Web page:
Artists in Transition: Paintings by Pan Gongkai, Tong Zhenguo, and Zhao Zhunwang

February 19 – April 9, 1994

The Chinese Culture Center of San Francisco is pleased to present three contemporary Chinese artists whose works reflect some of the current developments in Chinese ink-and brush painting. Pan Gongkai, Tong Zhenguo, and Zhao Zhunwang are well established artists in China who have held exhibitions in different countries including the United States.
In the span of the twentieth century, China has experienced major revolutions and upheavals. Political and economic reforms have brought changes to the Chinese society. In the field of the arts, the softening of the cultural atmosphere during the late 1970’s and 80’s gave artists greater opportunity to assert their individuality and new expressive styles. Eager to experiment with new ideas and techniques, the artists have been creating works with a fresh outlook. With this renewed urge for revision and transformation since the first decades of the 1900’s, traditional Chinese ink-and-brush painting has been reinvigorated with new stylistic elements and concepts.
The three artists in this exhibition reflect some of the new characteristics in Chinese painting. They live in a transitional period in Chinese art where artists constantly seek new modes of expression and representation. The works in this exhibit represent the three main categories of subject matter in Chinese painting: flower, figure, and landscape. The paintings are quite different from the traditional type, yet their Chinese essence is at once easily recognizable.
This exhibition is funded by the California Arts Council, a state agency; Grants for the Arts of the San Francisco Hotel Tax Fund; and the National Endowment for the Arts, a federal agency. The Chinese Culture Foundation gratefully acknowledges their support.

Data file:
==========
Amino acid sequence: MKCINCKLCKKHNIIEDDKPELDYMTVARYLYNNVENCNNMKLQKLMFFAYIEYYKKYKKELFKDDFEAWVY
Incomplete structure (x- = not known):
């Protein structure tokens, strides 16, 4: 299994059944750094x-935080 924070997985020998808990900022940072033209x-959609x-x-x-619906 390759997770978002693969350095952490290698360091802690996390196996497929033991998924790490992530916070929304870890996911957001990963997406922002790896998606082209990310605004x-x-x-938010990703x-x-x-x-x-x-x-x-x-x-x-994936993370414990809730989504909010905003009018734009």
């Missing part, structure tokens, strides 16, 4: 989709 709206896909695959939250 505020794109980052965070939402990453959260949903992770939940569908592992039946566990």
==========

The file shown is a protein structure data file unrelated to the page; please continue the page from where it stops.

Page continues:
PAN GONGKAI
Pan Gongkai was born in 1947 in Hangzhou, China. He is professor and Chairman of the Chinese Painting Department of the National Art Institute of China in Zhejiang (formerly known as the Zhejiang Academy of Fine Arts) which is one of the most prestigious art academies in China. Son of Pan Tianshou-one of the most gifted artists of twentieth century China, Pan Gongkai was brought up in a fine artistic and cultural environment. Pan is a scholar who has written extensively on art. In 1992, he received a grant to come to this country to study Western art from first hand sources. In subject matter, he has shown preference for the lotus flower. Many of his paintings are highly conceptual where matter and void play equally important roles as compositional elements.

TONG ZHENGUO
Tong Zhenguo, who currently lives in San Francisco, has been teaching painting at the National Art Institute of China in Zhejiang (formerly known as the Zhejiang Academy of Fine Arts) since 1982. Like many artists of his generation, Tong received a solid training in Western painting techniques. Tong’s early works include portraits and figure studies that reveal his mastery of realistic depiction and Western art methods. His more recent works, however, such as the ones in this exhibition, show a departure from his early realistic style. His depictions of human figures are reduced to fluid and rhythmic lines with a minimum suggestion of background. Color is used to infuse substance to the composition and to heighten the feeling of liveliness of the figures. Many of his paintings are thus endowed with vitality, energy, delightfulness and humor.

ZHAO ZHUNWANG
Zhao Zhunwang, a member of the Chinese Artists Association, was born in Beijing in 1944- and has held many exhibitions in Europe, Asia and the United States. He learned painting from the renowned Chinese artists Yarning, Zheng Ting, and Cui Zifan.
While finding inspiration from past masters, Zhao has been striving to create a style of his own in his landscape paintings. He uses dashing ink washes combined with dots and thin lines to build up the landscape sceneries. Bird’s eye view and a low horizon line are used in some of his works; others are cropped to create a dramatic yet intimate effect. Familiar farm animals such ducks, cows, and chickens remind the viewer of Chinese village life. Zhao’s innovative style serve as example of the new developments that are seen in Chinese painting today.